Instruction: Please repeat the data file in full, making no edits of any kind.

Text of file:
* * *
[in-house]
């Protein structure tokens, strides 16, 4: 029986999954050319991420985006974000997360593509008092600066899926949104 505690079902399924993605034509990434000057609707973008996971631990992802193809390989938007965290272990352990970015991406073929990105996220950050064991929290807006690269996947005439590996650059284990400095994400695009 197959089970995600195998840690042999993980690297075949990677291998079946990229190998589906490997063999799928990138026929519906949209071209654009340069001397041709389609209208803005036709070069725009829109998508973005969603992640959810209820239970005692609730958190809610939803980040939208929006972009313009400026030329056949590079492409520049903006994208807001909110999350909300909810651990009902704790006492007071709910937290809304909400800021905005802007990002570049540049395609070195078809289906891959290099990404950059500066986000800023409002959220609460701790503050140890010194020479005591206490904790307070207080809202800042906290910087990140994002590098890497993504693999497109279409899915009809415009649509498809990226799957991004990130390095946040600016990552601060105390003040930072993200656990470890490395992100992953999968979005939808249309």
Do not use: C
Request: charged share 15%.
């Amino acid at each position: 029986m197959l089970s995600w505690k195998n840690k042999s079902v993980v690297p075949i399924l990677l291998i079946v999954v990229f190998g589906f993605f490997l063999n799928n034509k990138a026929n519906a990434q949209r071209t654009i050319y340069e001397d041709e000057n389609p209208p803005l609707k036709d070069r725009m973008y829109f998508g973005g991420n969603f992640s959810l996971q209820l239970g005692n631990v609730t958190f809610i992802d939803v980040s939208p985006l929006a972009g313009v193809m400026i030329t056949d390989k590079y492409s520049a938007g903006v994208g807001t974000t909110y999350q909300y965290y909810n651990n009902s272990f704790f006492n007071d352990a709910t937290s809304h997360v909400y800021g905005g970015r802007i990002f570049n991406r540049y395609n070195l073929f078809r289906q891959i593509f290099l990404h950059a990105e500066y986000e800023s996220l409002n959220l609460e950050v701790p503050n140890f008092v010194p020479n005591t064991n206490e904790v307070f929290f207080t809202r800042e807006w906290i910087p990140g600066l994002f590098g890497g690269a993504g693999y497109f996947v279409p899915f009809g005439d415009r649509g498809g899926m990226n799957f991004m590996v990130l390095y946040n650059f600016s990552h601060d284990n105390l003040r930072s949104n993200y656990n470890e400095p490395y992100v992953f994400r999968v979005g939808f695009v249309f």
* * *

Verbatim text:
[in-house]
């Protein structure tokens, strides 16, 4: 029986999954050319991420985006974000997360593509008092600066899926949104 505690079902399924993605034509990434000057609707973008996971631990992802193809390989938007965290272990352990970015991406073929990105996220950050064991929290807006690269996947005439590996650059284990400095994400695009 197959089970995600195998840690042999993980690297075949990677291998079946990229190998589906490997063999799928990138026929519906949209071209654009340069001397041709389609209208803005036709070069725009829109998508973005969603992640959810209820239970005692609730958190809610939803980040939208929006972009313009400026030329056949590079492409520049903006994208807001909110999350909300909810651990009902704790006492007071709910937290809304909400800021905005802007990002570049540049395609070195078809289906891959290099990404950059500066986000800023409002959220609460701790503050140890010194020479005591206490904790307070207080809202800042906290910087990140994002590098890497993504693999497109279409899915009809415009649509498809990226799957991004990130390095946040600016990552601060105390003040930072993200656990470890490395992100992953999968979005939808249309």
Do not use: C
Request: charged share 15%.
């Amino acid at each position: 029986m197959l089970s995600w505690k195998n840690k042999s079902v993980v690297p075949i399924l990677l291998i079946v999954v990229f190998g589906f993605f490997l063999n799928n034509k990138a026929n519906a990434q949209r071209t654009i050319y340069e001397d041709e000057n389609p209208p803005l609707k036709d070069r725009m973008y829109f998508g973005g991420n969603f992640s959810l996971q209820l239970g005692n631990v609730t958190f809610i992802d939803v980040s939208p985006l929006a972009g313009v193809m400026i030329t056949d390989k590079y492409s520049a938007g903006v994208g807001t974000t909110y999350q909300y965290y909810n651990n009902s272990f704790f006492n007071d352990a709910t937290s809304h997360v909400y800021g905005g970015r802007i990002f570049n991406r540049y395609n070195l073929f078809r289906q891959i593509f290099l990404h950059a990105e500066y986000e800023s996220l409002n959220l609460e950050v701790p503050n140890f008092v010194p020479n005591t064991n206490e904790v307070f929290f207080t809202r800042e807006w906290i910087p990140g600066l994002f590098g890497g690269a993504g693999y497109f996947v279409p899915f009809g005439d415009r649509g498809g899926m990226n799957f991004m590996v990130l390095y946040n650059f600016s990552h601060d284990n105390l003040r930072s949104n993200y656990n470890e400095p490395y992100v992953f994400r999968v979005g939808f695009v249309f």